Claret Jug
The Open Championship takes place at Royal Troon next month Image Credit: R&A

With the Open Championship set to end Major season in just three weeks’ time, it seems like only yesterday we were giddy with excitement for the Masters Tournament at the beginning of April.

Do we really want Major season to be over in just 98 days – the amount of time between the first day of the Masters and the final day of The Open – I certainly don’t.

Obviously, we still have the golf competition at the Olympic Games to look forward to this year, as well as the FedExCup play-offs and the new DP World Tour Play-Offs in the UAE, but the four Majors are the benchmark of the sport and ultimately how players’ careers are defined.

They should each have a spot in the calendar where they are the highlight of that time of the year rather than jam-packed together in four short months. To think, after The Open we’ve got eight long months until players take on Augusta National again. It’s far too long.

If one good thing did come out of covid-19 pandemic, it was the way the Majors adapted to fit their events into the schedule. We may have missed out on The Open Championship for a year, which was a real shame, but the Masters, U.S. Open and PGA Championship all moved to different slots of the year to ensure we didn’t fully go without Major golf.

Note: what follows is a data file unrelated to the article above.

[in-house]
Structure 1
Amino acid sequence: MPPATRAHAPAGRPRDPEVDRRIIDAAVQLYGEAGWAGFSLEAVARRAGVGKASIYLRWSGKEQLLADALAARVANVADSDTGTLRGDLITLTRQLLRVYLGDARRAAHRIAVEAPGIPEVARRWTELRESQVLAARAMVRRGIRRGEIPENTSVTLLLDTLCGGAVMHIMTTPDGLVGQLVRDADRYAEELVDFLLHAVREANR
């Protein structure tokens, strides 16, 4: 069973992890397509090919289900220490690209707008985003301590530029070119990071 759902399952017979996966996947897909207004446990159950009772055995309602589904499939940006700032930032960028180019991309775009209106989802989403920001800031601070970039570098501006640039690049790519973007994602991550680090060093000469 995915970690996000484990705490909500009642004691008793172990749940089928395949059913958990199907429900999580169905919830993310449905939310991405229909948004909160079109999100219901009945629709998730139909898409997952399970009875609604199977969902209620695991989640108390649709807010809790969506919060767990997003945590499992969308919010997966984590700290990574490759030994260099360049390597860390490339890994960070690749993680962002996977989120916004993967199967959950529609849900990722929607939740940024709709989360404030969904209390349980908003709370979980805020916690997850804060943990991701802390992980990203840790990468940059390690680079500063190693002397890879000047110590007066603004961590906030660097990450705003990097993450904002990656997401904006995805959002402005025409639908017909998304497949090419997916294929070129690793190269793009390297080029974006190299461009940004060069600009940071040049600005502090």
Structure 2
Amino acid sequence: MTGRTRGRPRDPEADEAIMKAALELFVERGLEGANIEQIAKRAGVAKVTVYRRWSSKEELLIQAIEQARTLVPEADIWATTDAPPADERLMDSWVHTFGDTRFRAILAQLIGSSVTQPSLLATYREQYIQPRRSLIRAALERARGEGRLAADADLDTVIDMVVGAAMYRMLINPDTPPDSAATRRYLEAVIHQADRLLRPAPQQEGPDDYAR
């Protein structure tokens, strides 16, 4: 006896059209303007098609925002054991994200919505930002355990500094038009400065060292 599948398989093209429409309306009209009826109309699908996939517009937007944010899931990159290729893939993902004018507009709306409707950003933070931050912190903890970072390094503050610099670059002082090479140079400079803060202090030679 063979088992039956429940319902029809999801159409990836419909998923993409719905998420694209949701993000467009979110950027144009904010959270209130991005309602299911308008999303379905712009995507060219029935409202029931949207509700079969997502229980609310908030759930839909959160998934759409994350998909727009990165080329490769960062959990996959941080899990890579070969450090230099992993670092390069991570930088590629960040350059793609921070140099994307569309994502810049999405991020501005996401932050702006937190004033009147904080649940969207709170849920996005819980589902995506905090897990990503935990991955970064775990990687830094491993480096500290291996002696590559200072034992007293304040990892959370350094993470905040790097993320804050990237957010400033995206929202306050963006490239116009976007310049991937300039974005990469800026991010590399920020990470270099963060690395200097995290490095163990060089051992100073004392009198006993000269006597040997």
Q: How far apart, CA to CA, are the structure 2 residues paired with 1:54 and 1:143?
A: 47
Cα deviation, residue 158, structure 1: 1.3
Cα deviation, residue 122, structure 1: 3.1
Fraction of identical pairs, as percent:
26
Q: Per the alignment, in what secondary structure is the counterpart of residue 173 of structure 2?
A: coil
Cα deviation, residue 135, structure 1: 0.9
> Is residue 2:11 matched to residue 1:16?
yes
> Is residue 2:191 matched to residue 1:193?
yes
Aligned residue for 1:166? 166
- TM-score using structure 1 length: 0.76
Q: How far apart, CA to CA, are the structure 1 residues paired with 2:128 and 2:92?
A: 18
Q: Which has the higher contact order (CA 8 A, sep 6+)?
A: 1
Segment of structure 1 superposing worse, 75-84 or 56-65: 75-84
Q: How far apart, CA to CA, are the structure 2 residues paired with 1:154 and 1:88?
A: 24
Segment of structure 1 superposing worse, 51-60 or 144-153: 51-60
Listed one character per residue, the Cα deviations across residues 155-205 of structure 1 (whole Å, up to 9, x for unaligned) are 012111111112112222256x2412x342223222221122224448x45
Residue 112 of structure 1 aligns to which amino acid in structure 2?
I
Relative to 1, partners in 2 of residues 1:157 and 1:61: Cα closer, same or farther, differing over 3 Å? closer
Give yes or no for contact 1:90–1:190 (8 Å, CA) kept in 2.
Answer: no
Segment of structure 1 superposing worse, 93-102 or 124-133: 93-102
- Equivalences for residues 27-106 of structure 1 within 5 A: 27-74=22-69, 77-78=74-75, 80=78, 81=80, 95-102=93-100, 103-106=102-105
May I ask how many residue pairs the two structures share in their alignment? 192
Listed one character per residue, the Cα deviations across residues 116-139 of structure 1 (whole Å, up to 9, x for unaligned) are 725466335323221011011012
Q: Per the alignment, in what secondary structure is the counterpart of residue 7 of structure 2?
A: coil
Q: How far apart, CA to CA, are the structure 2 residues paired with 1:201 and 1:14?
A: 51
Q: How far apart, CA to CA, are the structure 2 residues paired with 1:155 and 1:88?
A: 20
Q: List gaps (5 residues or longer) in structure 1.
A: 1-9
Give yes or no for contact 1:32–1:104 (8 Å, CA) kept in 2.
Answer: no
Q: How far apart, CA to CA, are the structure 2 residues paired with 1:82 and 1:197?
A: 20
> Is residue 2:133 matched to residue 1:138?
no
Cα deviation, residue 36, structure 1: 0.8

Who would say no to the U.S. Open being held in September again? Okay, maybe that wouldn’t work as well in a Ryder Cup year, but what’s to stop them having in October?

Imagine a Major season that begun with The Masters in April, followed by the PGA Championship in June, Open Championship in August and U.S. Open in October. Four Majors stretched out over seven months.

This would surely help bolster the falling TV ratings as well. Have those in charge of the game ever stopped to think that they might be overloading fans with golf’s greatest contests in such a short span of time?

We all want to see how Rory McIlroy fares in his next Major outing after his devasting crumble at the U.S. Open last week. But if that storyline lasted a few months instead of a few short weeks, surely that would drive more interest in the game.

Obviously, the biggest hiccup to spacing Majors out could potentially be a clash with the end of season play-off events across the world, but surely the main Tours and the four Major Championships could come together to make a collective schedule that suits everybody and allows fans to enjoy Major golf all year round.